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FA, Billen must resign after 10-0 loss!

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Many people called yesterday morning trying to verify if what they were reading in the newspapers about the game was true. I could not fault them, because even though I had no doubt that the goal-shy Valere Billen coached side would lose, I did not expect such a huge scoreline

In life we are told that the best way to learn something is to do it the hard way. Meaning, we learn the better tricks in life when faced with unfortunate situations.

Many times this has helped, but in everything there are extremes which no one wants to tread to, because instead of learning you can be swallowed by the situation.

In sports, the universal talk is that practice makes perfect and the more things you do, the more likely you will master the art of doing it.

On Friday, the country’s senior national team recorded its worst defeat in modern football era when it went down 0-10 to the faltered Pharaohs of Egypt in an international friendly match played at a Military Stadium in Al-exan-der, a city which is a two-hour drive from the capital Cairo.

Many people called yesterday morning trying to verify if what they were reading in the newspapers about the game was true.

I could not fault them, because even though I had no doubt that the goal-shy Valere Billen coached side would lose, I did not expect such a huge scoreline.

I can imagine how the players feel after losing by such big margin in football, which then makes me conclude that instead of learning something, the players might have been psychologically left bruised and battered.

I personally felt pity for the young players who went there hoping to learn a thing or two from the game, only to come out dejected and demoralised. Losing 10-0 will never have any positives. Sihlangu has played against many top nations in international competition, but they have not lost with such a margin.

The heaviest thus far remain the 7-1 loss suffered in Lua-nda during the 2002 World Cup qualifier agai-nst Angola.

Siza Dlamini scored the lone goal, as the team eventually lost on aggregate 1-8 to the Angolans.

Other heavy scores have been 0-5 loss to Zambia in an AFCON 1992 qualifier in Lusaka in 1990, similar scoreline against Cameroon in September 1992 in Younde’ in what was the 1994 World Cup qualifier.

A Peter Ndlovu inspired Zimbabwe beat Sihlangu 0-5 at Somhlolo National Stadium on Sunday 27 June in the COSAFA Castle Cup quarter final. The latest heavy defeat was a 0-6 loss to Togo in Accra during the 2010 World Cup qualifier where Tottenham Hotspurs forward Emanuel Adebayor scored four goals.

These were all great nations who can be named at the same breathe as the Egyptian side that is currently on its lowest ebb having missed out on three great international competitions recently – the 2010 World Cup, 2012 Africa Cup of Nations and 2013 Africa Cup of Nations in South Africa.

And against most of the above nations the national team was coached by African coaches. Maybe I should also add that all the games were official games – meaning that they were necessary, and could not have been avoided.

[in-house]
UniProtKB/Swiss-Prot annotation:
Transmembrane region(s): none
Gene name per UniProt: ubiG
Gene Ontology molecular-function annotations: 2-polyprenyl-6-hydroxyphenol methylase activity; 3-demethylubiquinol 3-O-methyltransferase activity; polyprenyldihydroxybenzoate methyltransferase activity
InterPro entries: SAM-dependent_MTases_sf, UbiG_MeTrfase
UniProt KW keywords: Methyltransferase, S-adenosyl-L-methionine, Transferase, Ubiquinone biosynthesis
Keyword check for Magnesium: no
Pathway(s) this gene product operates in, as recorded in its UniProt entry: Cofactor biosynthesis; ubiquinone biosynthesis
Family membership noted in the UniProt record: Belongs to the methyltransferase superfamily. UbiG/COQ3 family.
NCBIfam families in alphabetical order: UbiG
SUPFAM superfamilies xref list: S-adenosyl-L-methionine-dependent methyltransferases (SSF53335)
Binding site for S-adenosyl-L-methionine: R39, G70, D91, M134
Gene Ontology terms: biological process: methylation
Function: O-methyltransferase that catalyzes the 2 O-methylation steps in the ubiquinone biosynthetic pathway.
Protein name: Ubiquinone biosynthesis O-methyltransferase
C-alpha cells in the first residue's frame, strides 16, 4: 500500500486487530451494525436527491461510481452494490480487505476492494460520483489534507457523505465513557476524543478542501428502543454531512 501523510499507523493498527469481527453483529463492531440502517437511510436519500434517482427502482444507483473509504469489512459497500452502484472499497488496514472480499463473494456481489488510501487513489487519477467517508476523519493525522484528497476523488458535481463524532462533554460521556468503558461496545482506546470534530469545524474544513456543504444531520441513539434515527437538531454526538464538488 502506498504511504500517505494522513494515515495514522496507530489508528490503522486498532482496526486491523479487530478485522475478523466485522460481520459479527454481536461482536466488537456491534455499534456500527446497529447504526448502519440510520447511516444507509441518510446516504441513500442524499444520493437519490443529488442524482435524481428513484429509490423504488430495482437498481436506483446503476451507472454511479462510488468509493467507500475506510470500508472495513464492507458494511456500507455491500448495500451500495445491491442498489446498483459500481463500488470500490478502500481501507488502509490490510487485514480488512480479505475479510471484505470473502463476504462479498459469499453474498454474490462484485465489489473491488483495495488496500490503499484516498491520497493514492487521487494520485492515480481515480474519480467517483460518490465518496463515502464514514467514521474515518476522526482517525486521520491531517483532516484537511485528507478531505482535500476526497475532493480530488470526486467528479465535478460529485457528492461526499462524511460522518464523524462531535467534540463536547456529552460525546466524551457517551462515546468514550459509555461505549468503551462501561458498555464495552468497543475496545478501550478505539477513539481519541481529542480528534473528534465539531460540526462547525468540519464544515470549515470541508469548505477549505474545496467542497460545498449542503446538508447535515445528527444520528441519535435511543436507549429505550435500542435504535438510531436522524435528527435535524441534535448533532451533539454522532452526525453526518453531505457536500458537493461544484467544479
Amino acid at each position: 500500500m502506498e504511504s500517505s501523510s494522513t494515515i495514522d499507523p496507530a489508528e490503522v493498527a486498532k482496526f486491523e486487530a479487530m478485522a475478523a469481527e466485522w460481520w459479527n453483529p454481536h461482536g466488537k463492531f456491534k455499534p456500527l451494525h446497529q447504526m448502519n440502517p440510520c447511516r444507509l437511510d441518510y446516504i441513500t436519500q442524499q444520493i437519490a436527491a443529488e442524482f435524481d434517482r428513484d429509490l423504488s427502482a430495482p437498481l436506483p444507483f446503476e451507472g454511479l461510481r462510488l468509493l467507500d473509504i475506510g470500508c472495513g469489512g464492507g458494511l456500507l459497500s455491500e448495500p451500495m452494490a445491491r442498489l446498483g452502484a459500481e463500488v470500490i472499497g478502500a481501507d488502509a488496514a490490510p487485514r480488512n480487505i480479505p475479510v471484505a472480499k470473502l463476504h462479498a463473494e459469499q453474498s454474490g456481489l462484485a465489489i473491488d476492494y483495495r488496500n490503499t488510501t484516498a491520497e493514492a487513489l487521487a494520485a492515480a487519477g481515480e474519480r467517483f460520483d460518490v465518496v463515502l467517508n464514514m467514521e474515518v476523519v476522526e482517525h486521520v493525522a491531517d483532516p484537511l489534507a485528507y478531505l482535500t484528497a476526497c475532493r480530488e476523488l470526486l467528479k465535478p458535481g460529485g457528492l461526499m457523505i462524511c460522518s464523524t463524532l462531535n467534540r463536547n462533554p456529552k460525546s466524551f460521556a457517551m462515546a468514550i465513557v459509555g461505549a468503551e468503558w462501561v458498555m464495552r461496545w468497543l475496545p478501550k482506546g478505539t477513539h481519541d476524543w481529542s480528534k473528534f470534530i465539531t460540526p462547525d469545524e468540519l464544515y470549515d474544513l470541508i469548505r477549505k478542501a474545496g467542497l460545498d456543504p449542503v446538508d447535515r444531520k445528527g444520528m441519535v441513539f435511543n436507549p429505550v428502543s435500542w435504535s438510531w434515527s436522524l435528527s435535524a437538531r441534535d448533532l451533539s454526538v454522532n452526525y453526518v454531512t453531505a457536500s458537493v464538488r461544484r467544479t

However, the same cannot be said of the gravy trip to Egypt which on the face of it appears to be nothing but means to spend the remaining E1.6million from the E5million government grant.

Like we said last year, the money is almost finished without the team having played any official match. Sihlangu will only play Angola in a two-legged African Championship (CHAN) games in June.

With reports that the House of Assembly has approved the freezing of the annual E5 million grant until a comprehensive report on the expenditure was delivered, has not made things easier for the National Football Association of Swaziland (NFAS).

It is true that Sihlangu needs international exposure, but taking it to Egypt was not being realistic on the part of the FA Executive Committee, hoping that they were the one who approved the trip. Apart from being a financial taxing expedition, the scales were too high for the players to climb, when we are struggling to score a goal against low ranking nations like Lesotho and Mozambique.

Billen, as the coach and technician in the team should have known better that at this stage, his team could not be paired against Egypt, unless its an international competition.

If indeed the coach is building a new team, he should have advised his employers against sanctioning a match against the Egyptians who are known for slaughtering visiting teams when playing at home. Has Billen lost his soul, as to allow his CV to be bloodied by such an embarrassing result?

The coach has eroded the little confidence I had in him, and as for his employers, posterity would judge them for taking the nation’s pride to the dogs literally with such bad decisions.

Sihlangu should have better played teams like Malawi, Namibia, Kenya, Tanzania and Ethiopia if we wanted high profile opposition. Not Egypt.

After the Friday night incident I am left with no choice but to side with the parliamentarians for refusing to release the E5 million grants until a proper report on expenditure, and I think they should also add that the report should be accompanied by a well worked plan on how the team could be improved.

The FA has to account because this is not a FIFA grant but public funds. If the entire FA Executive Committee and the coach do not resign after the 10-0 humiliation, then we should all know that the people at the helm of our football have long lost their conscious.

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